Andersen KW, Madsen KH, Siebner HR, Schmidt MN, Mørup M, Hansen LK (2014) Non-parametric Bayesian graph models reveal community structure in resting state fMRI. NeuroImage 100:301–315.
This study investigated new Bayesian graph theoretical approaches to model brain connectivity in resting-state functional magnetic resonance imaging (fMRI). However, the approaches are applicable on other connectivity modalities, such as diffusion weighted imaging or EEG.
In particular, we tested the different approaches’ ability to predict unseen data and their ability to reproduce clustering across datasets. The three generative models considered are the Infinite Relational Model (IRM), Bayesian Community Detection (BCD), and the Infinite Diagonal Model (IDM). Three different datasets comprising healthy volunteers' rs-fMRI we found that the BCD model was in general the most predictive and reproducible model. This model restricts the between-cluster link probabilities to be strictly lower than within-cluster link probabilities to conform to the community structure typically seen in social networks. This suggests that rs-fMRI data exhibits community structure and furthermore points to the significance of modeling heterogeneous between-cluster link probabilities.
The extracted clusters using the three methods IRM, BCD, and IDM respectively. The first row shows the link probability matrices ρ, which have been permuted such that the order of the clusters corresponds across methods. The matrix elements are color-coded according to the value of the link probabilities and the size of the matrix element indicates the size of the respective cluster. The colors next to the matrices correspond to different clusters. The next three rows show the clusters in three different views (superior, posterior, and lateral) of the brain. The clusters are color coded according to the colors next to the link probability matrices. Different brain regions within each cluster are connected with lines where the thickness of the line indicates the average link density across subjects for the specific connection.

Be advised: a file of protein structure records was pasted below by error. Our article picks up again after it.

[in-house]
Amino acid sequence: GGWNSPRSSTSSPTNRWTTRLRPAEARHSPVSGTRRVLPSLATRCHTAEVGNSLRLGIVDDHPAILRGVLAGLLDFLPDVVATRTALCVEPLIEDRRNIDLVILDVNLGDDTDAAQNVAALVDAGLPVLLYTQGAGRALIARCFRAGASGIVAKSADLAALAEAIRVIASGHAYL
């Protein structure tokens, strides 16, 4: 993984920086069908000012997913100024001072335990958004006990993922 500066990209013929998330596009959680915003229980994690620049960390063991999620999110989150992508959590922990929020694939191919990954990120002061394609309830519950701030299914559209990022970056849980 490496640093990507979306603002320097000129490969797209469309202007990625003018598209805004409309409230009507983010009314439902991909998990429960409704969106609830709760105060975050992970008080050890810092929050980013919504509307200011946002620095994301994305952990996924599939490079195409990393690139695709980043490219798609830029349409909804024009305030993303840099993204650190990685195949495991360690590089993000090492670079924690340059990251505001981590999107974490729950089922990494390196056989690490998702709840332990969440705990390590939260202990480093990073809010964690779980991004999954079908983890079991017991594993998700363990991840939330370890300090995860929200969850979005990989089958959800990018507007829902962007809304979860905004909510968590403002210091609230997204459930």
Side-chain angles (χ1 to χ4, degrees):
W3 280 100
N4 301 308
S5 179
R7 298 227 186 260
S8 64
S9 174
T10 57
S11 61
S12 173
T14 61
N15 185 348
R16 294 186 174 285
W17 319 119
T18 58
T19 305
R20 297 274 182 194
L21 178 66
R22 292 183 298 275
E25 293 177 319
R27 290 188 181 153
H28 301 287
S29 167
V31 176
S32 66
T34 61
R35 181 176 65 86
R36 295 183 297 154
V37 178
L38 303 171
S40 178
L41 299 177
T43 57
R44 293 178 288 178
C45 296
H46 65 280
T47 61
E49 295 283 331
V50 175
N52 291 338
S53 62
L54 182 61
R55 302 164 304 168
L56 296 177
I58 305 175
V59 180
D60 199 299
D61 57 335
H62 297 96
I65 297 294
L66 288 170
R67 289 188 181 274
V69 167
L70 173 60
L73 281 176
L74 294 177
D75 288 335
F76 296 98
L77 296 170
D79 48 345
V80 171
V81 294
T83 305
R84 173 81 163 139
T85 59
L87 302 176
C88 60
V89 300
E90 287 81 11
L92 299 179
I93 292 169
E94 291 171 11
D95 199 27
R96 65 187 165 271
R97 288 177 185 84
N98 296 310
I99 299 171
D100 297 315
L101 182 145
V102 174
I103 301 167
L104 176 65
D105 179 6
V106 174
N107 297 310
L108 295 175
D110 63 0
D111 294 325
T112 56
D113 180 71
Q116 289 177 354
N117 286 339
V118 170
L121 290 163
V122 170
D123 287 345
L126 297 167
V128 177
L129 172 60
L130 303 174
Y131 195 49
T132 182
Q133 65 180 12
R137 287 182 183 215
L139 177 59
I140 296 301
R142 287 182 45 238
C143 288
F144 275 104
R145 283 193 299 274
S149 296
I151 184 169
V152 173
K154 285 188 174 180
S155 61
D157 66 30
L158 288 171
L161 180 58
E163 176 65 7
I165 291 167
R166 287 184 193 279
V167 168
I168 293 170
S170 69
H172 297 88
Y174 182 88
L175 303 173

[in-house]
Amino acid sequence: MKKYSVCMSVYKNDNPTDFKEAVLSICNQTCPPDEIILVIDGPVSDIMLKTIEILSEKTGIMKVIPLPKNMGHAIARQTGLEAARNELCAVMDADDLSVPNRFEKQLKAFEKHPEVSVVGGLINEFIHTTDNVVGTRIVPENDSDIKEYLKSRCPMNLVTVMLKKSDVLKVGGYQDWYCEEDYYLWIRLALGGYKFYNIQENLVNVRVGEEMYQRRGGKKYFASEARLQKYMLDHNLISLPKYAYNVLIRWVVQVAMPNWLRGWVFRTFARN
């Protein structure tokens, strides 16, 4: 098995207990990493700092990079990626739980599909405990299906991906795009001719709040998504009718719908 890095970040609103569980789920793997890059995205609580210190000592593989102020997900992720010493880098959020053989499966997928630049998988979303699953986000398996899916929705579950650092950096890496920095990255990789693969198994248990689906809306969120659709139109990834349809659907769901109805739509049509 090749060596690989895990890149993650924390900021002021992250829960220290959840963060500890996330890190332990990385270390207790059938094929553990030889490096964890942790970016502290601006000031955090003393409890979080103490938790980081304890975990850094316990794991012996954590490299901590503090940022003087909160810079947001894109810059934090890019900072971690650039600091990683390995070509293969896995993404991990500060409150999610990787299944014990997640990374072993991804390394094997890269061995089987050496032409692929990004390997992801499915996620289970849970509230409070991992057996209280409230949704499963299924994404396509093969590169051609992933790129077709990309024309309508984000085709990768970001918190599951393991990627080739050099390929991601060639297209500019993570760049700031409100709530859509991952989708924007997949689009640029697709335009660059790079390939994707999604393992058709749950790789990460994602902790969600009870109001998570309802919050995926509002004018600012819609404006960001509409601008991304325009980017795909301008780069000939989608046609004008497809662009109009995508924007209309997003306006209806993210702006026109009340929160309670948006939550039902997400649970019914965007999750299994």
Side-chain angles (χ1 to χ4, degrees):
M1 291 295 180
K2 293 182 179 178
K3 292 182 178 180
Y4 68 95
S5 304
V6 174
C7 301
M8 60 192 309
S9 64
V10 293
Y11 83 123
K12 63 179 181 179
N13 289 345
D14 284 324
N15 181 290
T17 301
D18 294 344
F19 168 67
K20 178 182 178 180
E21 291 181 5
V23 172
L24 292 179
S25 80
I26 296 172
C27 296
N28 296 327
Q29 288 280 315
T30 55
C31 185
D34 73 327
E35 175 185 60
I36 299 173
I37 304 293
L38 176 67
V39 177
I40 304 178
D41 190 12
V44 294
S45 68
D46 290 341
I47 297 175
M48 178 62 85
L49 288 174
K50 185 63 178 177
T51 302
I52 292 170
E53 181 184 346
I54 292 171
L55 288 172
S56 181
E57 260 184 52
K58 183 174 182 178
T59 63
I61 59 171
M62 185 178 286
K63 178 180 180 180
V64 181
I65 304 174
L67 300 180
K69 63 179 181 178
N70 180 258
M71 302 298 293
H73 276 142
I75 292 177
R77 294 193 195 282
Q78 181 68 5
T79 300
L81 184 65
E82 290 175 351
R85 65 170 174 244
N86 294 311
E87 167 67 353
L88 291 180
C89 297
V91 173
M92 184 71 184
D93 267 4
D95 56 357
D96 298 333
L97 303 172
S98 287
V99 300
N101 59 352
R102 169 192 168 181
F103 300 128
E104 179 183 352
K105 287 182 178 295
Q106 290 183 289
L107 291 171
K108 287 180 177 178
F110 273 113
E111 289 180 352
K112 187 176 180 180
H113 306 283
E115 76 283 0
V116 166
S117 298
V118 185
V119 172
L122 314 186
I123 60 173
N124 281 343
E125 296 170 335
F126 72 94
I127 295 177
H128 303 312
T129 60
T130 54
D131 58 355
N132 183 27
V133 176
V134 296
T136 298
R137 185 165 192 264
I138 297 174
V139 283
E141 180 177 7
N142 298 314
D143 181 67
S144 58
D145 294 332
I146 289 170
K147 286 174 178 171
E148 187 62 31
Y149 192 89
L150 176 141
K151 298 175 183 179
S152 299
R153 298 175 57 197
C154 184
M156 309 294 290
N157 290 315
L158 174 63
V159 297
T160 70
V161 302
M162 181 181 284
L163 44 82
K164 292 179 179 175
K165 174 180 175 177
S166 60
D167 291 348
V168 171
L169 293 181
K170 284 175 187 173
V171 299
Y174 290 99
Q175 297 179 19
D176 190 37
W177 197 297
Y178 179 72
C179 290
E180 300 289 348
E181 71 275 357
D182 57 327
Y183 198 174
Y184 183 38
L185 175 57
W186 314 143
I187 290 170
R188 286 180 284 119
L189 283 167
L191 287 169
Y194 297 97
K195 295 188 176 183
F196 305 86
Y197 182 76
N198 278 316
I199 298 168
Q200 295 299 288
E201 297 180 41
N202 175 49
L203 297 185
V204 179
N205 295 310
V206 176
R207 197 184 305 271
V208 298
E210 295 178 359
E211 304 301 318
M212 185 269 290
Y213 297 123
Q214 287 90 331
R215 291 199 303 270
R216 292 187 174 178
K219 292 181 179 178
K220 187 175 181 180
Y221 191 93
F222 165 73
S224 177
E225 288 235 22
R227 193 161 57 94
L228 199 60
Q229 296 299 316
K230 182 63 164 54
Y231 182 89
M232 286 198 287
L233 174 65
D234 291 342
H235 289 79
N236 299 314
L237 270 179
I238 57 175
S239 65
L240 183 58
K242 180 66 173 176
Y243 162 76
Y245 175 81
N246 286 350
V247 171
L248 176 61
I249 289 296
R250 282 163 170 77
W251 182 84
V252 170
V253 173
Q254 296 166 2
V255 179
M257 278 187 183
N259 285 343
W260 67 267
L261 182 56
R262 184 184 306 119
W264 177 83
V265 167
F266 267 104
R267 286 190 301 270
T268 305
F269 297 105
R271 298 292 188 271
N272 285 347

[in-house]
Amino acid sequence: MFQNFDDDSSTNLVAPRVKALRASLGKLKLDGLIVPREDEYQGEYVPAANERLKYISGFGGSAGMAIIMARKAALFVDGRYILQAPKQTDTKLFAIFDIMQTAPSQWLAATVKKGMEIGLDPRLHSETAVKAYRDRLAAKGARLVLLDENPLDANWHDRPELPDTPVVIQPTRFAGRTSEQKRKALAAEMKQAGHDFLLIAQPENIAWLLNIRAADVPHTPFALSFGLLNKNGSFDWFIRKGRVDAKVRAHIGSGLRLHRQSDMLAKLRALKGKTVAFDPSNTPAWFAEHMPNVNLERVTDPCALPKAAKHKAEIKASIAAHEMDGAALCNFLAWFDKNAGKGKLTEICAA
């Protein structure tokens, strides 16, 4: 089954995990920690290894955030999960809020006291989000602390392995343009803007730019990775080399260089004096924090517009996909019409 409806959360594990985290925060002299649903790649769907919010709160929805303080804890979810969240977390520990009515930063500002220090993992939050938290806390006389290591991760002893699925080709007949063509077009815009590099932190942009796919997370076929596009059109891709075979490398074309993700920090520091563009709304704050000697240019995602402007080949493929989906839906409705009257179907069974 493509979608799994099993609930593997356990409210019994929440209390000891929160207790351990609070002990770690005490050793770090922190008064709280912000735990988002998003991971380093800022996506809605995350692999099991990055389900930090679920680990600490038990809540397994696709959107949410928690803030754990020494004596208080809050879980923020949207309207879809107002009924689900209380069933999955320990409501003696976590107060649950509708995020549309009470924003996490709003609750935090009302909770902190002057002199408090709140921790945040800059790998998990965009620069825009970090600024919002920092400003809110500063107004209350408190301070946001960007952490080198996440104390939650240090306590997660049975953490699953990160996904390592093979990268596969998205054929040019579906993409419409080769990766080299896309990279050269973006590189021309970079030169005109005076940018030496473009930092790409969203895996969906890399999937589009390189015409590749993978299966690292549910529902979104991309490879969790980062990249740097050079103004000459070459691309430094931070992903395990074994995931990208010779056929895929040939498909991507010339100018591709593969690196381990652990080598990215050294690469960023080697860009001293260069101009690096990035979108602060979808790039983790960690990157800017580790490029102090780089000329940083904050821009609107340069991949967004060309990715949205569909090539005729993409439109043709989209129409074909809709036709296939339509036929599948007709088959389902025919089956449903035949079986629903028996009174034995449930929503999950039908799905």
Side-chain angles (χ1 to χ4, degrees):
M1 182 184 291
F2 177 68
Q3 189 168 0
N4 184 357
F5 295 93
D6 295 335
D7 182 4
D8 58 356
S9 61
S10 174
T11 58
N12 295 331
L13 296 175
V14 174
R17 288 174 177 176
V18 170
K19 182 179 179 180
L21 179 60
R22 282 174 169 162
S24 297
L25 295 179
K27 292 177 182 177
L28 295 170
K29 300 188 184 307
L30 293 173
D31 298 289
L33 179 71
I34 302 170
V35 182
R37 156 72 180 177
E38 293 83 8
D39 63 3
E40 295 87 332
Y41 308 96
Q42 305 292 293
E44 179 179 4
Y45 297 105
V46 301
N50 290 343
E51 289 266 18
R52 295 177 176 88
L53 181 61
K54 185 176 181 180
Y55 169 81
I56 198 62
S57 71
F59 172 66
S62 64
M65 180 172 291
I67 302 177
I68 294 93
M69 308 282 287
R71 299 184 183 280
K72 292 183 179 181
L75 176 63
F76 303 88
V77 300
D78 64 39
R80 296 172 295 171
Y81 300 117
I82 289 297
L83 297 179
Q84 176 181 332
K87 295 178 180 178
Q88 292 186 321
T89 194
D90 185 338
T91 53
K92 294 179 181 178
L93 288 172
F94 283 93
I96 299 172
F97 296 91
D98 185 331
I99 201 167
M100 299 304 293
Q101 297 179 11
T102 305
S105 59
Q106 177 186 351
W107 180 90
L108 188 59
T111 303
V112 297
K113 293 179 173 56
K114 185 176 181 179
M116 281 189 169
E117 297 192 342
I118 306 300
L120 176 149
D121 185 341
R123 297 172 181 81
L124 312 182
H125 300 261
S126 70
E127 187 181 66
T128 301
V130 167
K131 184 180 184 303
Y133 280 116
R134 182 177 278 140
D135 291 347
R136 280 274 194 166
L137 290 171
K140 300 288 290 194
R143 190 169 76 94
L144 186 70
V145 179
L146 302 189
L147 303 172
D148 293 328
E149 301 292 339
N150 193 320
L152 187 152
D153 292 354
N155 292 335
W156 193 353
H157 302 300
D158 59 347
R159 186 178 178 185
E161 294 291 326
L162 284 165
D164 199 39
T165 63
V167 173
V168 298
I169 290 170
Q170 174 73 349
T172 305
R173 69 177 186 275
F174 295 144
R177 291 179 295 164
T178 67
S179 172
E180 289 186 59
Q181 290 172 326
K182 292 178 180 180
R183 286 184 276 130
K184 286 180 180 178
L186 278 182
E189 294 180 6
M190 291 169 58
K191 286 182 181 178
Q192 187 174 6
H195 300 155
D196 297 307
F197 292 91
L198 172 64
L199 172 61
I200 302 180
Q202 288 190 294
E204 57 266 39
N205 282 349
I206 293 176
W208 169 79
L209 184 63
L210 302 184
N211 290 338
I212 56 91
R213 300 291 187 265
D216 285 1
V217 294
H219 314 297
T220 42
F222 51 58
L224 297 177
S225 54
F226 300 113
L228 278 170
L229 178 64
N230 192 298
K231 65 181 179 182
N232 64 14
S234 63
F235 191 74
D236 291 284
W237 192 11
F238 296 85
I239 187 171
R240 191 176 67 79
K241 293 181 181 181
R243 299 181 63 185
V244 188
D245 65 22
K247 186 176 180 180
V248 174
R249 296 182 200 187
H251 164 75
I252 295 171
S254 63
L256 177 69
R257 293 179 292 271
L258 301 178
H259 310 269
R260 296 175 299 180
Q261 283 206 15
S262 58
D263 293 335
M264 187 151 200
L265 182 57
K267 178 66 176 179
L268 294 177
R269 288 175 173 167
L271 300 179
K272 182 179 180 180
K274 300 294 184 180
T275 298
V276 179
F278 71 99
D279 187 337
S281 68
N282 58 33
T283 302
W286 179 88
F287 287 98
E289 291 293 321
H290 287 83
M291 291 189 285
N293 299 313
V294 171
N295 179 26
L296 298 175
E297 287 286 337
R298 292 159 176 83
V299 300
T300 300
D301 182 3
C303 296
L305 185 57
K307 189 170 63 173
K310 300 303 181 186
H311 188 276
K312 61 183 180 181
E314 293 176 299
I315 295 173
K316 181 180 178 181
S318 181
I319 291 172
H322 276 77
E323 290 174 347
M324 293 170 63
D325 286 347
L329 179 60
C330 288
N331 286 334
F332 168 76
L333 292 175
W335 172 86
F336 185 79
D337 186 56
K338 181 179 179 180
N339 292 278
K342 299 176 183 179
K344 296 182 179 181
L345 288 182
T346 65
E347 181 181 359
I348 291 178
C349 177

Herz DM, Haagensen BN, Christensen MS, Madsen KH, Rowe JB, Løkkegaard A, Siebner HR (2015) Abnormal dopaminergic modulation of striato-cortical networks underlies levodopa-induced dyskinesias in humans. Brain 138:1658-66.
In this study we combined computational modeling of neural connectivity and functional magnetic resonance imaging in order to elucidate how dopamine can have deleterious effects on motor control. While levodopa therapy alleviates basal ganglia dysfunction in Parkinson’s disease, it often elicits involuntary movements, referred to as levodopa-induced peak-of-dose dyskinesias. Here, we used a novel pharmacodynamic neuroimaging approach to identify the changes in cortico-basal ganglia connectivity that herald the emergence of levodopa-induced dyskinesias. Twenty-six patients with Parkinson’s disease received a single dose of levodopa and then performed a task in which they had to produce or suppress a movement in response to visual cues. Dynamic causal modelling was applied to assess levodopa-induced modulation of connectivity between the pre-supplementary motor area, primary motor cortex and putamen when patients suppressed a motor response. Patients who later developed levodopa-induced dyskinesias, but not patients without dyskinesias, showed a linear increase in connectivity between the putamen and primary motor cortex after levodopa intake during movement suppression. Our results identify for the first time, aberrant dopaminergic modulation of striatal-cortical connectivity as a neural signature of levodopa-induced dyskinesias in humans.
The figure illustrates that mapping of the neural network re-organization after dopamine intake
allowed precise predictions about the severity of LID even before they emerged. In the upper panel, red spheres indicate changes in activity of preSMA and putamen, which were related to the emergence of LID. Red arrows indicate that feedback connectivity from the putamen to M1 and preSMA significantly improved predictions of LID compared to a regression model, which only contained changes in neural activity. The lower panel shows that the hierarchical multiple linear regression model explained almost 93 % variance of inter-individual differences in LID scores.